They will try to employ the same strategy with the F-16s, but the necessity to keep the runway in pristine condition for operating the F-16s will not make it easy for them to conceal those landing strips.

Once the jets arrive, they will be an “absolute magnet for Russian air defenses and Russian aircraft,” said Frank Ledwidge, senior lecturer in Law and War Studies at Portsmouth University in the U.K. and a former British military intelligence officer.

More jets will make it even harder for Ukraine to conceal them.

They need a lot of runways and a small number of jets. That is where they need to start

“For every F-16 pilot, there is a significant maintenance and logistics “tail” of support personnel that accompanies each aircraft to keep it airworthy. A typical package of twelve aircraft needs close to 250 maintainers to remain viable. These include mechanics and airframe specialists, crew chiefs, munitions loaders, and aircrew life support. To create the targeting and mission packages, a robust team of intelligence analysts and targeting experts is required to ensure operational success.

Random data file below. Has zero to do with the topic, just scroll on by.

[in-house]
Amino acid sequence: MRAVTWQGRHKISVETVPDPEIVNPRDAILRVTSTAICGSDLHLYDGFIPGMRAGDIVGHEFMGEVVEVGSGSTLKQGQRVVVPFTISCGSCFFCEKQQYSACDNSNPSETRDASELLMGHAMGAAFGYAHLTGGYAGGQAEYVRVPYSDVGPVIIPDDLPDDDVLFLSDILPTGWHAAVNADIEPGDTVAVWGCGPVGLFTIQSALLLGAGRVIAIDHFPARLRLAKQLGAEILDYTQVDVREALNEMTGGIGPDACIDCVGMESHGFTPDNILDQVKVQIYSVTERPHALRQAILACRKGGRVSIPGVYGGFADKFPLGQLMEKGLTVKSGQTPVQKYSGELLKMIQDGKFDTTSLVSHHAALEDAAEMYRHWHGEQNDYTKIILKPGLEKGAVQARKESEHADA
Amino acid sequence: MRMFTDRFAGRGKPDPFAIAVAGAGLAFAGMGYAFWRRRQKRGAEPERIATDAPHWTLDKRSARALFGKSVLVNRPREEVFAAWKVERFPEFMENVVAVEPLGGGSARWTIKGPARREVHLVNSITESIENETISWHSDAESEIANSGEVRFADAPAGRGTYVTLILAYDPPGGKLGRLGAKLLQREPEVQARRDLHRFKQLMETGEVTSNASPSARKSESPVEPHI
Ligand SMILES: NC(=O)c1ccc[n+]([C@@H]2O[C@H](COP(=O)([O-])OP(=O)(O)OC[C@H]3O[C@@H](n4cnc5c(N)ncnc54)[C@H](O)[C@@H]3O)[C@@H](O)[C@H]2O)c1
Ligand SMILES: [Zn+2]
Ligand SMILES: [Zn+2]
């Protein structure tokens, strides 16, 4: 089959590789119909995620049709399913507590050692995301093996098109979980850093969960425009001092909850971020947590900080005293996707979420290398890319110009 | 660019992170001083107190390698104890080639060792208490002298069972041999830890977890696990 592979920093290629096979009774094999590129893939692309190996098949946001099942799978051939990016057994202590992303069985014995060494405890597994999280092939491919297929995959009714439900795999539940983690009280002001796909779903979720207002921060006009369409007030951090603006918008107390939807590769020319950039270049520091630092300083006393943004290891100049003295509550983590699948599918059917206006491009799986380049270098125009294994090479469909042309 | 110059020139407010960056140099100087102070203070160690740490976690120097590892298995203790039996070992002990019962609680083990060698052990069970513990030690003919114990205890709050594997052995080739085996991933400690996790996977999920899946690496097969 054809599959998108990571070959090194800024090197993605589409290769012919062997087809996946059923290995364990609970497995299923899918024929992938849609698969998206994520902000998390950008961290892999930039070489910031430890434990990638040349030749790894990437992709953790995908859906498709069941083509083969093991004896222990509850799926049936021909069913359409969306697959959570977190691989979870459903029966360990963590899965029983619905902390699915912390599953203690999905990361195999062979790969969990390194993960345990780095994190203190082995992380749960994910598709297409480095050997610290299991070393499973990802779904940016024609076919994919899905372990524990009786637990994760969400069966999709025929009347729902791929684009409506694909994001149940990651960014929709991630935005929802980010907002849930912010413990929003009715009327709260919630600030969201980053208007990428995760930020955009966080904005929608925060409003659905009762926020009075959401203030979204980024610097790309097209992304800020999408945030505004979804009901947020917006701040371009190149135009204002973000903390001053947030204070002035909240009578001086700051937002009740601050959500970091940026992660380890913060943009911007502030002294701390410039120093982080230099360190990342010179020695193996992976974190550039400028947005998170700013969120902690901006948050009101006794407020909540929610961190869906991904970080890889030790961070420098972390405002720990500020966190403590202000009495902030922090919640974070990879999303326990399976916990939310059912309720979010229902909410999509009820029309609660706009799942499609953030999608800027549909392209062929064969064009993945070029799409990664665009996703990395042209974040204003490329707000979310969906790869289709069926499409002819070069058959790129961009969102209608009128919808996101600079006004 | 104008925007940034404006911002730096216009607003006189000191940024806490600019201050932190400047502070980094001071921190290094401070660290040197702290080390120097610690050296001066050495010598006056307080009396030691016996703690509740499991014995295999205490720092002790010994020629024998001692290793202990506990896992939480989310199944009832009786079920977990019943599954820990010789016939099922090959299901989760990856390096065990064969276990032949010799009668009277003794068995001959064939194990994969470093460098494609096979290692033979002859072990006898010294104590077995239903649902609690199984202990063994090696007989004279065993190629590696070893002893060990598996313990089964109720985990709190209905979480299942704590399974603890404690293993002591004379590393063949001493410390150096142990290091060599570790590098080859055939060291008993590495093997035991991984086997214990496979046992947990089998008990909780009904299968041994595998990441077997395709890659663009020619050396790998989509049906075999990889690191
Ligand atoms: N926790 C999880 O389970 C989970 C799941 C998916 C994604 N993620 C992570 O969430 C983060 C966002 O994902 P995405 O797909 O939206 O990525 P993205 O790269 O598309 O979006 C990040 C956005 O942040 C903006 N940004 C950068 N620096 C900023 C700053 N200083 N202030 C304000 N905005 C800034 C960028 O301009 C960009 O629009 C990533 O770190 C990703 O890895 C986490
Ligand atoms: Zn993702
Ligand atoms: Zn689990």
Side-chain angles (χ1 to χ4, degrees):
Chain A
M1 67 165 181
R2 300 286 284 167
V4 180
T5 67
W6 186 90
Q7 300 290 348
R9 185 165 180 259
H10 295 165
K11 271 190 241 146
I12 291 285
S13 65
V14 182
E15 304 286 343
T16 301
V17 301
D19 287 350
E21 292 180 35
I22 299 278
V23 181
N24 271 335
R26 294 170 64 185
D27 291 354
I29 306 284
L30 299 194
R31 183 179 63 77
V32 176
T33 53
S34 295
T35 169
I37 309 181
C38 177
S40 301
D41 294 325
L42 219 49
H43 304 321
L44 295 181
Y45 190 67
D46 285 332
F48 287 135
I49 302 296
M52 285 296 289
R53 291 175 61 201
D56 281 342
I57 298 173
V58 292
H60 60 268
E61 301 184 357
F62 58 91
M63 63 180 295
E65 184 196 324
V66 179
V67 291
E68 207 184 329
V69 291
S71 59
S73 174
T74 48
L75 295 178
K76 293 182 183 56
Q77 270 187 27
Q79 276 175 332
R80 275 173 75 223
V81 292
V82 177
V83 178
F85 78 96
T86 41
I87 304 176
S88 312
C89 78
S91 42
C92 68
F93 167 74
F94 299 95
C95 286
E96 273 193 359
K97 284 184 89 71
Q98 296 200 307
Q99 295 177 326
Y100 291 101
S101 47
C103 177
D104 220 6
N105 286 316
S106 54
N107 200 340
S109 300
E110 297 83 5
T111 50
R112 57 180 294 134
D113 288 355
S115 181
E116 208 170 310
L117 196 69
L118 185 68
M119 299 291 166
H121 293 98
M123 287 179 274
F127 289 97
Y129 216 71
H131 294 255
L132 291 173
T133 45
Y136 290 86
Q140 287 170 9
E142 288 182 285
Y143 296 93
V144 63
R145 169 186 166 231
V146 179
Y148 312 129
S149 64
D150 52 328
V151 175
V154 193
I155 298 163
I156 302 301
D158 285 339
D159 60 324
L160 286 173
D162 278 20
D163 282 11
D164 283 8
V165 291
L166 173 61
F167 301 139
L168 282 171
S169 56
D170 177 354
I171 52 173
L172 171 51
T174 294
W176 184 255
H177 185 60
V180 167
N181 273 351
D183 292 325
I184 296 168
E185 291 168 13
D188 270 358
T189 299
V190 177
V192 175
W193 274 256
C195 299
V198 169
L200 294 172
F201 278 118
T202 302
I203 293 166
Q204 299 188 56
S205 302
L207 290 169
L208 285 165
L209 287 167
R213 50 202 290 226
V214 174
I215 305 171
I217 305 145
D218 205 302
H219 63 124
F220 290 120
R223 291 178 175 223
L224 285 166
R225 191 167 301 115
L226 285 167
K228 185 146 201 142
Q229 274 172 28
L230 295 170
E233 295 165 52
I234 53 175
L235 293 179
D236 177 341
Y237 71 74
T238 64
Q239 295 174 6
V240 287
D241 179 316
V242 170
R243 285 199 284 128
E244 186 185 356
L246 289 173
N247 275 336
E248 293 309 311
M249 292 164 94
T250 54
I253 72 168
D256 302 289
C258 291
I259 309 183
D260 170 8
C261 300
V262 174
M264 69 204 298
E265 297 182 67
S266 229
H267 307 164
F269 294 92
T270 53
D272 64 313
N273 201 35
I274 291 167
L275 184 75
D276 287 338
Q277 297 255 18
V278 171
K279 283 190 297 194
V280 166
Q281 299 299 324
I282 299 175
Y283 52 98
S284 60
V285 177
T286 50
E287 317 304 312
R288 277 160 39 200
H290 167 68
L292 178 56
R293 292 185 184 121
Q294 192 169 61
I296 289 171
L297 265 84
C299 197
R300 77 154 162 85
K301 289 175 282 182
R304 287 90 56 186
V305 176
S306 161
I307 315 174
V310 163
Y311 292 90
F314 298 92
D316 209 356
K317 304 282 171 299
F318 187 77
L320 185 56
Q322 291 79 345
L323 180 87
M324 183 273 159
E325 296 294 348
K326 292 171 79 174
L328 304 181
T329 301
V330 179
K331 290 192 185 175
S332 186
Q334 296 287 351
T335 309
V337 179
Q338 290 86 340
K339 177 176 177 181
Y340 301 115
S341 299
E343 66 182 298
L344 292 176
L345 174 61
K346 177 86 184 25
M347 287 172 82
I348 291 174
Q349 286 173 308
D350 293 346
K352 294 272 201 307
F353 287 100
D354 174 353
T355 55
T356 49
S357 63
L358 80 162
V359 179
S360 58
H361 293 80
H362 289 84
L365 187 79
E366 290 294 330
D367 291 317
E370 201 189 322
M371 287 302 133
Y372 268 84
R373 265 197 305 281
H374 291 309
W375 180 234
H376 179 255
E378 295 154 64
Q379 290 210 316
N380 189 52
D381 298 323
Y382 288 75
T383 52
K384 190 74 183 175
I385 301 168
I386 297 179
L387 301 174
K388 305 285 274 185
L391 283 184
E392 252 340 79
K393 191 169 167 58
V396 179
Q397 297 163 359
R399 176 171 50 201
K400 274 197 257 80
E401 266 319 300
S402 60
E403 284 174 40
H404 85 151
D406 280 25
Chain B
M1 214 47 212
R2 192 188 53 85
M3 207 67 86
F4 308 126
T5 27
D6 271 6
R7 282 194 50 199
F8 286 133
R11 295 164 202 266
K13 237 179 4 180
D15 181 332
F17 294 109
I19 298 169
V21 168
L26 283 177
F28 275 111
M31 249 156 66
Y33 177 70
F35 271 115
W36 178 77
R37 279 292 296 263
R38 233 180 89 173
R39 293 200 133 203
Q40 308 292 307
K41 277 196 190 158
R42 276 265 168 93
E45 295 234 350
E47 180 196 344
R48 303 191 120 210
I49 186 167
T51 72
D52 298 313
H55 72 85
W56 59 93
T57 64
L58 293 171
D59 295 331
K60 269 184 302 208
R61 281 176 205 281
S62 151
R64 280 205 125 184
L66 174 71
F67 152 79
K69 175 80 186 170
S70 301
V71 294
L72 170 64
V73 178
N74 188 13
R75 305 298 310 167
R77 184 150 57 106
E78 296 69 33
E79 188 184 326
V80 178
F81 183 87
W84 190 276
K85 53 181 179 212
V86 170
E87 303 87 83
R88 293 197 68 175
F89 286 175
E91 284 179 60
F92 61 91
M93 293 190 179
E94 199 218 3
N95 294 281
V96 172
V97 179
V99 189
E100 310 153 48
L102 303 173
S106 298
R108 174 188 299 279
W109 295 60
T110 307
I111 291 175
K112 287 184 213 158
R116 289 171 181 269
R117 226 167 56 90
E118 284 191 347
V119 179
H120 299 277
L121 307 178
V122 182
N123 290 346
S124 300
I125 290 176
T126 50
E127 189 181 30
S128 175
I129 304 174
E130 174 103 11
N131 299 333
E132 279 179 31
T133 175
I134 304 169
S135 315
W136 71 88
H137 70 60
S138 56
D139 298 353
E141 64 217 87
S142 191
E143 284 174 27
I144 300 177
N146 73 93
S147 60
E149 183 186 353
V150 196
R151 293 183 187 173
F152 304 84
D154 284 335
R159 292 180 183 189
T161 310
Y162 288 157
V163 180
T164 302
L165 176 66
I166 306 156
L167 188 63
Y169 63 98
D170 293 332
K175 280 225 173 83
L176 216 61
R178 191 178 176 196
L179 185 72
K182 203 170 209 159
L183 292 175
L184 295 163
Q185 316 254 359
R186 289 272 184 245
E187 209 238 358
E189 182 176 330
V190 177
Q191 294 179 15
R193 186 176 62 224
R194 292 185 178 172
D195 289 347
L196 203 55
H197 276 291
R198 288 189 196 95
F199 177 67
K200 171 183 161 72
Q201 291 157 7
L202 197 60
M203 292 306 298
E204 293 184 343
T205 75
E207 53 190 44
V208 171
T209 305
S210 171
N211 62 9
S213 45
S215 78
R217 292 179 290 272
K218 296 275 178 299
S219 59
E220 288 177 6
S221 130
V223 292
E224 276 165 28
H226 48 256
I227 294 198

Meanwhile, onsite emergency personnel, including firefighters and medics, are needed to ensure safe ground operations. Ukraine will also need to consider stationing formidable surface to air missile defenses near its F-16 operating locations. For symbolic and operational reasons, Russia will likely be interested in attacking any F-16 that is parked on the ground for an extended period of time, ” Colonel Kristen D. Thompson, U.S. Air Force wrote for CFR.

100 jets will require 2,000 maintainers. The training program will be intense, and it will take a very long time to train them all. Once again, it makes sense to start small and then gradually increase the numbers.